CONSERVATIONISTS have welcomed the refusal of controversial plans for 58 new homes in a Cairngorms National Park community.
The development at Nethy Bridge was turned down by the Park Authority after opponents argued the project would have a negative impact on the natural heritage of School Wood, an area of ancient woodland.
Conservation charities said the woods shelter some of the UK’s rarest, and strangest, wildlife.
Inverness-based Argyll Developments (Scotland) Ltd had applied to build 58 homes on two sites just off the village’s School Road and at Craigmore Road.
The current application was submitted in 2013 but the sites have been contentious for some time and have a long and complex planning history.
Planning Officer Fiona Murphy outlined to members the reasons for her recommendation to refuse the application.
She said: “We have to take account of the fact that Scottish Government Reporter has recently recommended that the School Road site is deleted from the Local Development Plan completely.
“For that reason, along with concerns around the negative impacts of the proposals on ancient woodlands, recreation and amenity, I recommend members refuse this application.”
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Planning Committee Convener Eleanor Mackintosh said: “This application certainly does have a complex history but regardless, there is no getting away from the fact that this development would have a significant negative impact on the natural heritage of the area. Nethy Bridge is a village that prides itself in its connection with nature and which boasts lots of wildlife on its doorstep.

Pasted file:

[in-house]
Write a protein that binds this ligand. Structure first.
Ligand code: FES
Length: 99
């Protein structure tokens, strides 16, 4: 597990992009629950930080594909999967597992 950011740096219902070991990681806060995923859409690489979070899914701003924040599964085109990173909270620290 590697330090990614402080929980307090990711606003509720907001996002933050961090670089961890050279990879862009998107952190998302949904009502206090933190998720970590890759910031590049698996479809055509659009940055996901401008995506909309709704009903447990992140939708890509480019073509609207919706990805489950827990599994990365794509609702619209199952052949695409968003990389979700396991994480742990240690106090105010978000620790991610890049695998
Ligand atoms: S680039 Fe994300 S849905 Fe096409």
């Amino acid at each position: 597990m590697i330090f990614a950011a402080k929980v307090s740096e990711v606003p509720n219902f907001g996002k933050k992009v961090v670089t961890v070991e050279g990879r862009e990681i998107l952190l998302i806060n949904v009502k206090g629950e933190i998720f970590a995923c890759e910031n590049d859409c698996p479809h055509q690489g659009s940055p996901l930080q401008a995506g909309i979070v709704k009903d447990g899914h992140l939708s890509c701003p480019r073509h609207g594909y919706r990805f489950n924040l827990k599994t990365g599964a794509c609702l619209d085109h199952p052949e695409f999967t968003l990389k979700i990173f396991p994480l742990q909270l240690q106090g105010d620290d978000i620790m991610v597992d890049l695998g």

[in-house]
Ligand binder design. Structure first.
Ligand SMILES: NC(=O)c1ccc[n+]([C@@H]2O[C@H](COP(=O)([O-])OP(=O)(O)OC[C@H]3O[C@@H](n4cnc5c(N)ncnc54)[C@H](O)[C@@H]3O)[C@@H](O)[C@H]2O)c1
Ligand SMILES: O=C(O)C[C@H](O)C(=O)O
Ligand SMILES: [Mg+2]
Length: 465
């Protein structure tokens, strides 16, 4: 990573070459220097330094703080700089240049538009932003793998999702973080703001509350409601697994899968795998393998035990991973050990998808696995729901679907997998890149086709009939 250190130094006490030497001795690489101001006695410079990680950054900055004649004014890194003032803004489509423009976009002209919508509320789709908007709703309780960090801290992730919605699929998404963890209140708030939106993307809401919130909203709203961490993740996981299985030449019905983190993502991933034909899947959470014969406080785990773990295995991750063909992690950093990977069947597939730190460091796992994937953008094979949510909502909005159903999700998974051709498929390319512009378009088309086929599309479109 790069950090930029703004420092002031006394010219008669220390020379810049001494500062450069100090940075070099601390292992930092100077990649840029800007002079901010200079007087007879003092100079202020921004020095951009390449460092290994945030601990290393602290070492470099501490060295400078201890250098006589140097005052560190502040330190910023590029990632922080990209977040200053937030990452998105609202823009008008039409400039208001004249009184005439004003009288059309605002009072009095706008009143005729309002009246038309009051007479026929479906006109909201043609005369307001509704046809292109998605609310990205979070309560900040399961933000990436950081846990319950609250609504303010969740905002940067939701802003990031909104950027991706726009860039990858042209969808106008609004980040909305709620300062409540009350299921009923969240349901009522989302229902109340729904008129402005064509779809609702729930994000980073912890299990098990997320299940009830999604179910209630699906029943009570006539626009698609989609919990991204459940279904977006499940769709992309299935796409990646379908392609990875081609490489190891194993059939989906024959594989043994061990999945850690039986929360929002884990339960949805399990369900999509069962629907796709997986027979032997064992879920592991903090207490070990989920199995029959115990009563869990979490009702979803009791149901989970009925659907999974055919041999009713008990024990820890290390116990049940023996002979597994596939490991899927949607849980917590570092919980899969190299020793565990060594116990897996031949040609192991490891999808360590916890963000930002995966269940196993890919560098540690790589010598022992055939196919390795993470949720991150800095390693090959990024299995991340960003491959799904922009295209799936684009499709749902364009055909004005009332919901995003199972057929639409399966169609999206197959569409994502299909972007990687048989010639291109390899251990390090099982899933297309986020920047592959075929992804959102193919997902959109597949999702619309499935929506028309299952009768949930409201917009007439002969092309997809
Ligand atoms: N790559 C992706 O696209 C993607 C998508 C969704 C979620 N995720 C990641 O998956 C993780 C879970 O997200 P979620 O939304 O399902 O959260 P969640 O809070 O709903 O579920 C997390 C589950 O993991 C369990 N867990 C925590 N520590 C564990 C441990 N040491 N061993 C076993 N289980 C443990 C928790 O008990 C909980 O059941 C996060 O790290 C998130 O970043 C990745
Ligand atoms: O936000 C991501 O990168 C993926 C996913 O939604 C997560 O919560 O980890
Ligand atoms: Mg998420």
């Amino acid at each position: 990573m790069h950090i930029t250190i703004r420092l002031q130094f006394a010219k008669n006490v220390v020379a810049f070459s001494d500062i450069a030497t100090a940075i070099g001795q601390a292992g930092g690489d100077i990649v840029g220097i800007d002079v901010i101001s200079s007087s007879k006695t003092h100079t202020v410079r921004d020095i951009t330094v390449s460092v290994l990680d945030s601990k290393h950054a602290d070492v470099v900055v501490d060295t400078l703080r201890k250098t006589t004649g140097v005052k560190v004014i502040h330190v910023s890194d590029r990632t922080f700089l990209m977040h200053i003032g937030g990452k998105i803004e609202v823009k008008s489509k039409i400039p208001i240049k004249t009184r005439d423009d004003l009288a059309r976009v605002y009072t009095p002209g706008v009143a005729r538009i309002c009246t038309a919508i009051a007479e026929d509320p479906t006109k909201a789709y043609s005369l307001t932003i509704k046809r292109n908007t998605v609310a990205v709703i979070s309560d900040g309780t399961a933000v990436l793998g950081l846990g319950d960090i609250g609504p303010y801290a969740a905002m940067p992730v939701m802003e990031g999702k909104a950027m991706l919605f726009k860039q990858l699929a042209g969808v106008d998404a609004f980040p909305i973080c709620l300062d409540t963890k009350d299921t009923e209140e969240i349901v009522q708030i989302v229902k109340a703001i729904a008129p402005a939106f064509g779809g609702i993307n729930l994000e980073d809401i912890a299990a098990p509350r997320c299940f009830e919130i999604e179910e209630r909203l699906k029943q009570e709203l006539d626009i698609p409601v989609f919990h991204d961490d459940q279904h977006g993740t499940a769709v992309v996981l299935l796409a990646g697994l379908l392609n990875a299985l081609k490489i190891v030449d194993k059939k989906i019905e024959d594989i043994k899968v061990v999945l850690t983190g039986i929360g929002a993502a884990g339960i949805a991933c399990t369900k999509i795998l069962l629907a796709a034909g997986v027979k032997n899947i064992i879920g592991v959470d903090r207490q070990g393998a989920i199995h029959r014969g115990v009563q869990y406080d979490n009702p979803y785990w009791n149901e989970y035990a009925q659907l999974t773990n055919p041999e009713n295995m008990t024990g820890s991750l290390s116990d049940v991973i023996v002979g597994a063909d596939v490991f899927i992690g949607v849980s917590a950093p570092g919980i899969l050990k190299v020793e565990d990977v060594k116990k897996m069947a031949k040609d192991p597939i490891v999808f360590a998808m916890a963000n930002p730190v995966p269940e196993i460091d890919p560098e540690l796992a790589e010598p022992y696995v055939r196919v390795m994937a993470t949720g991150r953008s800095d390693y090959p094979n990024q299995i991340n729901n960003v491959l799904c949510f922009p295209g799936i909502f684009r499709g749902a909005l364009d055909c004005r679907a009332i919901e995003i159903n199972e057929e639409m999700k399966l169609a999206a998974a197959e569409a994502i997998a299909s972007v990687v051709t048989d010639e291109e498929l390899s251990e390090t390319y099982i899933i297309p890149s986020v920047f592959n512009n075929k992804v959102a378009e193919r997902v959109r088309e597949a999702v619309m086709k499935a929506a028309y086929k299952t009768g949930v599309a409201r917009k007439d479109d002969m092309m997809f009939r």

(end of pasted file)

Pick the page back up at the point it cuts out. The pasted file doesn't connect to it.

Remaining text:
“We have also approved changes to the new Local Development Plan allocating the Craigmore Road site for housing development. We will now work with the developers and the local community to see appropriate housing delivered on that site as soon as possible.”
Green shield moss, Buxbaumia viridis, is listed as endangered in the UK and has only been recorded at School Wood and a handful of other sites in Scotland.
The other locations include Rothiemurchus Forest and Abernethy Forest in the Cairngorms, Moniack Glen near Inverness and Kindrogan in Perthshire. The moss needs well-rotted wood to survive.
Members of the Cairngorms National Park Authority’s planning committee were shown green shield moss during a site visit to School Wood.
Badenoch and Strathspey Conservation Group has welcomed CNPA’s refusal of the planning application.
A spokesman said: “School Wood is a popular wood that is important for an amazing variety of rare and threatened wildlife.
“We are relieved that the Cairngorms National Park Authority has now recognised both the high ecological value of this irreplaceable ancient woodland site.”
Buglife Scotland said research has shown that Strathspey in general has almost double the number of rare species of insect in comparison to other areas in Scotland.
Alice Farr, of invertebrates conservation charity, said: “The Cairngorms is one of the best places in the UK for invertebrates, especially for species associated with mountains, woodlands and cooler climates.”
Carol Evans, director of the Woodland Trust Scotland added: “Ancient woodland is among the most precious and bio diverse habitats in the UK.
“It’s a finite resource, covering just one per cent of Scotland, which means that any further loss is unacceptable.”
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